Inquisition - Revolution...I Think It's Called Inspiration [reissue] (Cover Artwork)

Inquisition

Inquisition: Revolution...I Think It's Called Inspiration [reissue]

Revolution...I Think It's Called Inspiration [reissue] (2005)

A-F


4.5
Alright, maybe a few of you already have this album. It is ten years old after all, but now it has been re-mastered (cue collective oooh's and ahhh's). Who cares that it's just a reissue of an old album? It's great. To compose a brief history for those not familiar, I will note just a few things....

Alright, maybe a few of you already have this album. It is ten years old after all, but now it has been re-mastered (cue collective oooh's and ahhh's). Who cares that it's just a reissue of an old album? It's great.

To compose a brief history for those not familiar, I will note just a few things. This album was originally released in 1995 and members went on to form Strike Anywhere (named after one of the songs on the album), Ann Beretta, and River City High. They are cited as an inspiration for the likes of Hot Water Music, Ensign, Dashboard Confessional, Suicide Machines, and Anti-Flag.

Enough of the BS though; how is the album? Forget about 10 years ago; it's an excellent album right now. It's hard to avoid comparisons to a more complex version of early Strike Anywhere with Thomas (now singing for said band) at the vocal front here, but it's interesting to hear what might happen when you take the Chorus of One EP and add even more well-developed ideas both musically and lyrically in the same relatively raw atmosphere.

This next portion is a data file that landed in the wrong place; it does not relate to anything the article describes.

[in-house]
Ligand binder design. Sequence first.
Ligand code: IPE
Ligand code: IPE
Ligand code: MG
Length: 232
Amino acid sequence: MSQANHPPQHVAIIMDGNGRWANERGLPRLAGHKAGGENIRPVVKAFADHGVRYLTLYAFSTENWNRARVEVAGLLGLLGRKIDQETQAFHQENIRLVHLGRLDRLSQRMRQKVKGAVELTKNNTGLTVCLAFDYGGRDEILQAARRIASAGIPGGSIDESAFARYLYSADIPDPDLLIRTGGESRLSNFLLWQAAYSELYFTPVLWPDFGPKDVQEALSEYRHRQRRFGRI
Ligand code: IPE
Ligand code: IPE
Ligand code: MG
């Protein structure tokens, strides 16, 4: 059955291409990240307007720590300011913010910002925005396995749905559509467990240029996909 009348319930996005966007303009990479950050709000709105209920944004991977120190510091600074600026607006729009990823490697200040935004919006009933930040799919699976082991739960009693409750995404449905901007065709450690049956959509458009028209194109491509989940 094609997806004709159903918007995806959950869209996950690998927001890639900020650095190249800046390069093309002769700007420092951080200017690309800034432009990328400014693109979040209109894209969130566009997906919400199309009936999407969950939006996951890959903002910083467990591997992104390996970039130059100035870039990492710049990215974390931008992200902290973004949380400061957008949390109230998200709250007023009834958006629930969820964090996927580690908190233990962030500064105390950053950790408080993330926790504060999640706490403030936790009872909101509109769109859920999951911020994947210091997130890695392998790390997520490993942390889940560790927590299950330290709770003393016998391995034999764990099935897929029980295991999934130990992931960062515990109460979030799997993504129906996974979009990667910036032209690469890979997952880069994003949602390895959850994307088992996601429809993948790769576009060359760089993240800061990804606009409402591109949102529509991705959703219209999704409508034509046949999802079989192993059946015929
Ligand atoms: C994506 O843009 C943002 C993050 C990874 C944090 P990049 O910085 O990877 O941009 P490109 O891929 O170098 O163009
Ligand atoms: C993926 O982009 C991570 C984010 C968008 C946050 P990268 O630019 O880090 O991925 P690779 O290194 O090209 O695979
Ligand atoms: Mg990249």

It would be near impossible to pick key tracks from this album, as it is solid from beginning to end. Every song seems to have something special to it, and no one track sticks out as better, or worse, than the rest. Yet, if any song does stand out, it's "Hotel X (Idle Kids Part Two)," simply due to the change of pace. The rest of the album is fast and hard-hitting with a political and social tone running through it. "Hotel" slows things down, adds a little harmonica, and becomes a quasi-ballad with a heavy emphasis on the lyrics.

Aside from the music, the re-release features the same album cover as `95, but features a ton of new artwork with the liner notes, which seems to be a minor detail, but there's no reason to turn down extras.

For anyone thinking that remastering the album might hurt the sound, Thomas Barnett (Strike Anywhere) was called in to watch over the process, and everything does sound top-notch. It seems that the re-release of this album was done well, and whether you are previously familiar with their music or not, I would definitely recommend picking it up.

The band was short-lived in the 90s, but it definitely wasn't due to a lack of talent. Jay of the Suicide Machines said of Inquisition, "They were and still are everything missing in punk." This may sound almost impossible to live up to, but give it a listen and you may agree.

(Note: I'm sure it's highly unlikely, but if anyone important is reading this, a tour to support this would be awesome.)